The Pennsylvania House yesterday took a major step forward to help young people with disabilities get the part-time and summer jobs they need to prepare for life when they finish school.
The vote is a significant victory for the #IWantToWork campaign, a social media and advocacy effort led and managed by young people with disabilities. #IWantToWork is part of the Campaign for What Works.
The unanimous House vote approves legislation enabling the Office of Vocational Rehabilitation (OVR) to begin helping high school students with disabilities get summer and part-time jobs much earlier than it currently does. The legislation will set in place new processes and enable the Commonwealth to seek needed federal matching funds to support helping these students.
“Most of these young people now don’t get job counseling and placement assistance until their final months in high school. They aren't ready to work, and a result, many do not go to work at all. This legislation will help move young people from their couches to work,” said Dr. Josie Badger, manager of the #IWantToWork campaign.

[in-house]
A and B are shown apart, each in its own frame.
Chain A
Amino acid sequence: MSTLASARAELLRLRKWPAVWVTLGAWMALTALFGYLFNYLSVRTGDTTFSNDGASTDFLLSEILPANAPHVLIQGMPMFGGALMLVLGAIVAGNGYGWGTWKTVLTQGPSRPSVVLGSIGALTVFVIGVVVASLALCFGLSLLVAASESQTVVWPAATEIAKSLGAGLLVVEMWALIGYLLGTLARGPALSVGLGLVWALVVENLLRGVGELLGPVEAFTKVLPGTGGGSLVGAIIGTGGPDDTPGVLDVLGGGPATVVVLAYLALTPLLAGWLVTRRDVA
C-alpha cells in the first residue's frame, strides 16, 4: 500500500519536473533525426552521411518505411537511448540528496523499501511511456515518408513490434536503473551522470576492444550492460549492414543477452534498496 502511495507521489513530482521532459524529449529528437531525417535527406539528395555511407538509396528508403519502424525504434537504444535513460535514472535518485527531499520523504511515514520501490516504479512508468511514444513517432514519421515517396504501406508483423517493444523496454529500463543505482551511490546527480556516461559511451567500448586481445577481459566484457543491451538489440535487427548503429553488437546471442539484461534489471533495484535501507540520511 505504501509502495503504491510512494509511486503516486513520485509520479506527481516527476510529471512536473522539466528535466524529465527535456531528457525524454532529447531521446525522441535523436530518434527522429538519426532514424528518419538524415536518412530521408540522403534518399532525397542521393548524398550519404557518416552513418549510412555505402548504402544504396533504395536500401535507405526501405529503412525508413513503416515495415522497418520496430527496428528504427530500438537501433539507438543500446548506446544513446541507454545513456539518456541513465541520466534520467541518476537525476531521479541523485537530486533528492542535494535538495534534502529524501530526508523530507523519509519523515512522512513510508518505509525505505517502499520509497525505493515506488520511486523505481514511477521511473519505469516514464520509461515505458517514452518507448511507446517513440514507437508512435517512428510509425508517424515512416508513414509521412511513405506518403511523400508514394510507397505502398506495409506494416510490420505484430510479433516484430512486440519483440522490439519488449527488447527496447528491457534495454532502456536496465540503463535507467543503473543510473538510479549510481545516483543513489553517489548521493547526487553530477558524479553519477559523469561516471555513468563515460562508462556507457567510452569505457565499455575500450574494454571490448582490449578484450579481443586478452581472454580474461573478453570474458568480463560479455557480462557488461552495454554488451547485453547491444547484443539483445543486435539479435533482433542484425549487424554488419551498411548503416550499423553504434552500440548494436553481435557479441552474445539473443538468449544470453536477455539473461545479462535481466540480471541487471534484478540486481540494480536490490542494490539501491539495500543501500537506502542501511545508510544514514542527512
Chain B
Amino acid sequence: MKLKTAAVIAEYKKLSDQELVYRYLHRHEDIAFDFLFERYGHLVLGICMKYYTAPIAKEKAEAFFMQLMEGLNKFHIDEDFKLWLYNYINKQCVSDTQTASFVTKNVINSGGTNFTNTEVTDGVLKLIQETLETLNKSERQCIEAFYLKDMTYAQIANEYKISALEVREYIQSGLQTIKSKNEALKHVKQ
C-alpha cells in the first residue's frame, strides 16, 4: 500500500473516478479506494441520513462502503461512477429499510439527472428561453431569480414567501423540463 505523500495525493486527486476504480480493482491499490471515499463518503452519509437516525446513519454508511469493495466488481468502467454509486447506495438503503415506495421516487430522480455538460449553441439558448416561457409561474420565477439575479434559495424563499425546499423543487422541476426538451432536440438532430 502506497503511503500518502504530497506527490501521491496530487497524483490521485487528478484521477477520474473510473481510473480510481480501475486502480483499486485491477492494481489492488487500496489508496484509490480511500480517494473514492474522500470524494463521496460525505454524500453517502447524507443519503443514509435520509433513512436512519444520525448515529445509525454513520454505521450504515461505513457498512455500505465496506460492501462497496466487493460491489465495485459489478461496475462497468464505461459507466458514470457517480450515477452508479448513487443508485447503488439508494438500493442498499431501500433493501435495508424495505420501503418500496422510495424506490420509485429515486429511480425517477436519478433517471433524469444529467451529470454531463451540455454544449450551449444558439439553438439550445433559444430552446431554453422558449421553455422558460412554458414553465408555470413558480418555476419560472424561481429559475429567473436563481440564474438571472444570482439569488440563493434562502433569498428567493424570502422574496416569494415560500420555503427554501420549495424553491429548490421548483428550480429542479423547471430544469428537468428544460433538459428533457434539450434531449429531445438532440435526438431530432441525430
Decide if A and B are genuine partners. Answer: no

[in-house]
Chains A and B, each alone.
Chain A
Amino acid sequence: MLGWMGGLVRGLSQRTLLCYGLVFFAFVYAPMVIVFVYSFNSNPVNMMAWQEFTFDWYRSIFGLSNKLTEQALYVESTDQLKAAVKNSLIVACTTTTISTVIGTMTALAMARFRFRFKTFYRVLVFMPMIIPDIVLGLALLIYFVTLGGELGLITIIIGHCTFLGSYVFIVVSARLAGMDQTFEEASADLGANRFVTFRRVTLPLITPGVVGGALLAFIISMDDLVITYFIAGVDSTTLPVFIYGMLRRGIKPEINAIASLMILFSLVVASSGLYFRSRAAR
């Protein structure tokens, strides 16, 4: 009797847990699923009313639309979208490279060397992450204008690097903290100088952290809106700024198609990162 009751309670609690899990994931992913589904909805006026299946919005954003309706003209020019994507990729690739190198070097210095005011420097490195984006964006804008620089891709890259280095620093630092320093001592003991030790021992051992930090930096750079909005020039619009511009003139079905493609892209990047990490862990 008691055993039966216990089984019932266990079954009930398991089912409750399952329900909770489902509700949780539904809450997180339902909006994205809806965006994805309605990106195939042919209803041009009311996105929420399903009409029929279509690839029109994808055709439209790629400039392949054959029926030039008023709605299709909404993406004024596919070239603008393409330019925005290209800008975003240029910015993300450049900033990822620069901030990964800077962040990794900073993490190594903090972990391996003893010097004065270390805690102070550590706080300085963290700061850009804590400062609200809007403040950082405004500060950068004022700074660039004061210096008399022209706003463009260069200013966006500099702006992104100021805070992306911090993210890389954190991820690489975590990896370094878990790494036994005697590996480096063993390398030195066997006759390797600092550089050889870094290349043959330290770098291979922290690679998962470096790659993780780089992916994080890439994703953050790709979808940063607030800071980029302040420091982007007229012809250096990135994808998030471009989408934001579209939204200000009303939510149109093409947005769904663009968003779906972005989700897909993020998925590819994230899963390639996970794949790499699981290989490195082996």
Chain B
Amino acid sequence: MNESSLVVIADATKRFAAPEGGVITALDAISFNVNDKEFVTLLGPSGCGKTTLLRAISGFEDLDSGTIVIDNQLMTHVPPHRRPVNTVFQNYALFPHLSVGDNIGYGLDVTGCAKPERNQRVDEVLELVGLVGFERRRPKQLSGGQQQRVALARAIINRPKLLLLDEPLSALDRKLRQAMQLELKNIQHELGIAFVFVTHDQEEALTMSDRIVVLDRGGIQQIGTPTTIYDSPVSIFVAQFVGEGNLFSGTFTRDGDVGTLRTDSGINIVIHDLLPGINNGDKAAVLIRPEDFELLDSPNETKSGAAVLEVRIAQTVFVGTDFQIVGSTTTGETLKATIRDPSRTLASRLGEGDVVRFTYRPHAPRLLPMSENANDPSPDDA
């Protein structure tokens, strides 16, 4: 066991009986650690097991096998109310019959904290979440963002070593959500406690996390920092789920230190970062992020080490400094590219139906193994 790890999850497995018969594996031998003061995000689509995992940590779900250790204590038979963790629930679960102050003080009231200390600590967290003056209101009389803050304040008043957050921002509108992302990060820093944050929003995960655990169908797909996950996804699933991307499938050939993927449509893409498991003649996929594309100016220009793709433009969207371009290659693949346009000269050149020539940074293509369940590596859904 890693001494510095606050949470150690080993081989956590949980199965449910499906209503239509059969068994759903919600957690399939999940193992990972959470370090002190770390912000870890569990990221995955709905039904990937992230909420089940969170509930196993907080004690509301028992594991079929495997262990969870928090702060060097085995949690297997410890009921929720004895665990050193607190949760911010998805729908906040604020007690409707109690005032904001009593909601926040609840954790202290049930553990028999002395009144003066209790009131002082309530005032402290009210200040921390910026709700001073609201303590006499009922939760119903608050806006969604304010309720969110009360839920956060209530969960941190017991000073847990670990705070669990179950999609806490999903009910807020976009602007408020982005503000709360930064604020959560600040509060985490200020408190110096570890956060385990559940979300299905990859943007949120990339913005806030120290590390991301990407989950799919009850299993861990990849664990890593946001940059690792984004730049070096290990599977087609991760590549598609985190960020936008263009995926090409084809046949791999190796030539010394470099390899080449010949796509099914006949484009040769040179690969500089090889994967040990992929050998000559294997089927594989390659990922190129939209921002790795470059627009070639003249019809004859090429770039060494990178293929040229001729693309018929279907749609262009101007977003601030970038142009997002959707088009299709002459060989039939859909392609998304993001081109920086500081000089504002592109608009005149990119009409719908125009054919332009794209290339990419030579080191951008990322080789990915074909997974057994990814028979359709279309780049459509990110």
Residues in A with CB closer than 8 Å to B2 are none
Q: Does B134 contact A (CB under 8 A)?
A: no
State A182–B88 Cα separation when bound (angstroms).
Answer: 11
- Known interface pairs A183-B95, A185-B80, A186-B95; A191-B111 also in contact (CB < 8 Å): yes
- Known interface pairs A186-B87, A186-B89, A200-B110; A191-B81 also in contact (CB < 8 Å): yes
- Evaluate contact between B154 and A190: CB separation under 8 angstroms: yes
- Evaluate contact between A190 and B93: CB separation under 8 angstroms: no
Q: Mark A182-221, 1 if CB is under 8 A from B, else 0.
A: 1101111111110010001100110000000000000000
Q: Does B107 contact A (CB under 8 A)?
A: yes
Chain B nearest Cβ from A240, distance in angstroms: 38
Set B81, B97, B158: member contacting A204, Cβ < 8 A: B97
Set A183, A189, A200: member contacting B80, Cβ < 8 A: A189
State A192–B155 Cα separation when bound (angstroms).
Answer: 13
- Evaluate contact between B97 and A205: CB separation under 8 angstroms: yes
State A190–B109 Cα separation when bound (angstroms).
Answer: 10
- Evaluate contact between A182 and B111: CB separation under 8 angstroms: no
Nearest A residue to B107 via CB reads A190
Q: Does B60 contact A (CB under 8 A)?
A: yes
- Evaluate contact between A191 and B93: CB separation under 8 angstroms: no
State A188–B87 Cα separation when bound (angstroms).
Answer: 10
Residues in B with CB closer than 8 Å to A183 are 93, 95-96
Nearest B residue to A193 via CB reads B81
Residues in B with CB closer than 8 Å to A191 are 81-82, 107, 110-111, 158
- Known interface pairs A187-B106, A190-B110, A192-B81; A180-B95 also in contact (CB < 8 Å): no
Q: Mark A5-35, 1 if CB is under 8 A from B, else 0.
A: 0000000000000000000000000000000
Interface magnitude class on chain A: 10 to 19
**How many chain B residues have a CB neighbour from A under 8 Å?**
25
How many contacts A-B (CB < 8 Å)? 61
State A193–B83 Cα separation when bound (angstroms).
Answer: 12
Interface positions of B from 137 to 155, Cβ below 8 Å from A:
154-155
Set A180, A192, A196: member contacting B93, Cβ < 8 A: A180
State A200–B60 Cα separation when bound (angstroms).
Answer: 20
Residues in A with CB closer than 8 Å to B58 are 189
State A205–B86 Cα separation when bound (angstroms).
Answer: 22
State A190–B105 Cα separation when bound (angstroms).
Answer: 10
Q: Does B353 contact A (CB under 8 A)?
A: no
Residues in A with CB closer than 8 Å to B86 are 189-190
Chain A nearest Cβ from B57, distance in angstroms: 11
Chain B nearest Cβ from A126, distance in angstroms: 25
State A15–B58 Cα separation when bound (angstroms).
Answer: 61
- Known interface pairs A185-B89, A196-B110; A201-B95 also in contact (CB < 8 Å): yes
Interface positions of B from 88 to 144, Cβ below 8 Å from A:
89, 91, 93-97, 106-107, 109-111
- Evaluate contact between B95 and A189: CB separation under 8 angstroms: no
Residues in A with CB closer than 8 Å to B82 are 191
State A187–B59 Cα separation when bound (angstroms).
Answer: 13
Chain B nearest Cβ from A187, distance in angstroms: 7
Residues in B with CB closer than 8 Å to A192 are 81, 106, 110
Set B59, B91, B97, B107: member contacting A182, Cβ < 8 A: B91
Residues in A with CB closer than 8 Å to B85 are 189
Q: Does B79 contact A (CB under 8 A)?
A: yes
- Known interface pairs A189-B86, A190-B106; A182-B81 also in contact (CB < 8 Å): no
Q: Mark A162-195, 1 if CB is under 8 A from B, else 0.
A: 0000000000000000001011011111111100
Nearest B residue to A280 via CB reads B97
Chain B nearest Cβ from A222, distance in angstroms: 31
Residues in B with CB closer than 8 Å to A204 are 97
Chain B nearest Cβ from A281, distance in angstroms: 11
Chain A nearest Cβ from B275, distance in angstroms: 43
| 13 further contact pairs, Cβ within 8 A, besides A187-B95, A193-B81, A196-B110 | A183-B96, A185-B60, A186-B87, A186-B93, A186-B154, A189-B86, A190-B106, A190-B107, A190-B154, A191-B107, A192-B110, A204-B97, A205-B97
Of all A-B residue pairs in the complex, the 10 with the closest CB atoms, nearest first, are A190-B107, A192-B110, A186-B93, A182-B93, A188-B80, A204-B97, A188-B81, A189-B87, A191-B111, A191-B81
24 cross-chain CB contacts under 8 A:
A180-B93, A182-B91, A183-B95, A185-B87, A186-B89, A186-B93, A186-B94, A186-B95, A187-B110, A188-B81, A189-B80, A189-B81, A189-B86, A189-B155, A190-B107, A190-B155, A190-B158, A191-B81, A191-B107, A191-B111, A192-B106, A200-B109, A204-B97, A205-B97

HB 400, was authored by Rep. Mauree Gingerich, R-Lebanon, chair of the House Labor and Industry Committee, and co-sponsored by dozens of members, including House Democratic L&I Chair Mark Gergely, D-Allegheny. Similar legislation, SB 200, authored by Sen. Lisa Baker, chair of the Senate Labor and Industry Committee, has been introduced in the Senate. The legislation has the support of major business and labor organizations across Pennsylvania.
HB 400 will enable the Commonwealth to acquire up to $18 million in federal matching funds for OVR to assist young people with disabilities to obtain part-time and summer jobs earlier in high school. This will prepare them for work when they finish school. Currently, most youth with disabilities do not receive job counseling and placement assistance until their final months in high school, placing them at a significant disadvantage in the job marketplace.
“This will be a big change in Pennsylvania’s approach to helping young people prepare for work after high school,” said Robert Nelkin, President of the United Way of Allegheny County, one of the founding partners of the Campaign for What Works. He also stated, “Young people with disabilities want to work. Employers know that young people with disabilities are loyal, dependable, and productive. This bill makes helping young people with disabilities get job experience a priority.”
The #IWantToWork social media campaign has raised awareness of the need to help young people with disabilities through a selfie campaign on Facebook, Twitter and Instagram. More than 100 Pennsylvania legislators have had their selfies taken with the young people with disabilities around Pennsylvania.
Click here to visit the #IWantToWork website for social media links, selfie posters, and campaign news.